Dr. Vandana Shiva Cultivates Message of Diversity, Freedom, and Hope
“We need a new paradigm for living on the earth because the old one is clearly not working.”
– Dr. Vandana Shiva
Dr. Vandana Shiva is a physicist, ecologist, activist, and author who is changing the way the world thinks about food, agriculture, and sustainability. She has become a leader in the worldwide battle over genetically modified seeds, fighting to raise awareness about the risks of genetically modified organisms (GMOs) and the devastating impact they have on the health of the planet and the livelihood of farmers.
Having grown up as an ecologist, Dr. Shiva recognized the importance of diversity of species, but her studies of nuclear physics and quantum theory led her to understand the underlying interconnectedness of everything. This framework contradicts the idea that everything is hard matter and unrelated to each other, a paradigm that still guides most science and economics, including genetic modification and commoditization of seeds.
Seed is at the heart of Dr. Shiva’s work–her work with small farmers in India to establish community seed banks and her challenging of corporate monopolization of seed by global companies such as Monsanto. Dr. Shiva explains, “It comes down to seeds for the simple reason that everything begins a seed. The food on our plate. You and I were seed at one point. The little calf that becomes the cow. Seed is the source of life. And seed is the source of renewal of life.”
In response to diminishing biodiversity of seeds in India as a result of corporate control of agriculture, Dr. Shiva founded Navdanya, a participatory research initiative for farming which protects biodiversity, the Earth, and small farmers.
Navdanya means ‘nine crops’ – the crops that represent India’s collective source of food security. The organization works to support local farmers and to rescue and conserve crops and plants that are being pushed to extinction by making them available through direct marketing. Navdanya is also actively involved in the rejuvenation of indigenous knowledge and culture; it has created awareness of the hazards of genetic engineering, defended people’s knowledge from bio-piracy, and defended food rights in the face of globalization.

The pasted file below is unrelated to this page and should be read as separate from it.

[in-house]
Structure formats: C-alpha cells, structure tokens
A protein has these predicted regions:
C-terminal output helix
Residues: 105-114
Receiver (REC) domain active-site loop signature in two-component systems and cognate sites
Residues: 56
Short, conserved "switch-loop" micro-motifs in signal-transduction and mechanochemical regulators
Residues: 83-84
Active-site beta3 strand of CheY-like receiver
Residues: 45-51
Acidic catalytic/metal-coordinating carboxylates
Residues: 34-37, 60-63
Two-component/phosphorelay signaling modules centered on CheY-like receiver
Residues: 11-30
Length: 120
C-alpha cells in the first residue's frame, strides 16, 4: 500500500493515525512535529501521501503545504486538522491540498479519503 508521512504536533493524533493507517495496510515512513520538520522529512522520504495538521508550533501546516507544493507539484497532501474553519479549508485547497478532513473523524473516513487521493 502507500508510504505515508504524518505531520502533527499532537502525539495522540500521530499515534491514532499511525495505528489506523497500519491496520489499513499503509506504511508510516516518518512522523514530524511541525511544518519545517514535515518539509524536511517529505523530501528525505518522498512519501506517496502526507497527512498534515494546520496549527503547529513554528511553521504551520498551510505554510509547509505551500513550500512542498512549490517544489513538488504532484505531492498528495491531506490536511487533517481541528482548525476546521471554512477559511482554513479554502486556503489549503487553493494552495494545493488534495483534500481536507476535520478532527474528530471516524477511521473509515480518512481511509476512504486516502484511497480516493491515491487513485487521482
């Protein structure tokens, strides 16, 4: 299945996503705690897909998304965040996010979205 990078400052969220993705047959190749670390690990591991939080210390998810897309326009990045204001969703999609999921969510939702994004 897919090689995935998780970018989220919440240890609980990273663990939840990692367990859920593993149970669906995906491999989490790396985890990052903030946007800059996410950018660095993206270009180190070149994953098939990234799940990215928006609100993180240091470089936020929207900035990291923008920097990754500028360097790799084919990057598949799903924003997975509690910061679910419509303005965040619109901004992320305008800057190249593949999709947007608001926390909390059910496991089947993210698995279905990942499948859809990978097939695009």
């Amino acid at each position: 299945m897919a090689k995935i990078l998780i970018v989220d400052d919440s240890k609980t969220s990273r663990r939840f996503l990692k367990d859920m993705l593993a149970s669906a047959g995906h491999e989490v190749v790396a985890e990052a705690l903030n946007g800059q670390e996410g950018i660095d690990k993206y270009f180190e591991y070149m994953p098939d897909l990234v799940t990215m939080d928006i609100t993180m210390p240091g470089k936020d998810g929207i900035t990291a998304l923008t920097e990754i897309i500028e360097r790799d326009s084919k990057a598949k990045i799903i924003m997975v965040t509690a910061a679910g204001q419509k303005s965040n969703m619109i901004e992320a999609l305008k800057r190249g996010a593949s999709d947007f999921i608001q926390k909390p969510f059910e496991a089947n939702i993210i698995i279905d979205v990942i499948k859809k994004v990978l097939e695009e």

Navdanya is a network of seed savers and organic producers spread across 17 states in India. Navdanya has helped set up 111 community seed banks across the country, trained over 500,000 farmers in seed sovereignty, food sovereignty and sustainable agriculture over the past two decades, and helped set up the largest direct marketing, fair trade, organic network in the country.
These small farmers and their peers around the world produce seventy percent of the food of the world. They are the evidence that refutes the common argument that we need GMOs and industrial-scale farms to feed the growing population of the world. Dr. Shiva reminds us, “We forget the scale of what smallness means multiplied many times, because we’ve gotten used to the dinosaur mentality. We only see the big. We forget that dinosaurs go extinct.”
The dinosaur mentality of agribusiness has penetrated deep into India’s farmland and driven out the small farmer, starting with the Green Revolution of 1968. Purportedly intended to save millions of people from starvation, the Green Revolution introduced high-yielding varieties of grains, modern farm equipment, and synthetic fertilizers and pesticides to subsistence farmers. Since then agricultural biodiversity has continued to dwindle with the introduction of GMOs and Monsanto’s privatization of seeds through intellectual property right patents. Monsanto now controls 95 percent of the cotton and 90 percent of the soy in India, and they’ve taken over most of the seed companies of the world.
If the Green Revolution provided a solution to hunger, how is it possible that nearly 870 million people, or one in eight, suffer from chronic undernourishment? (FAO 2012). “In my view, hunger is part of the design of the green revolution, a design for scarcity,” Dr. Shiva writes in her most recent book, “Making Peace with the Earth”.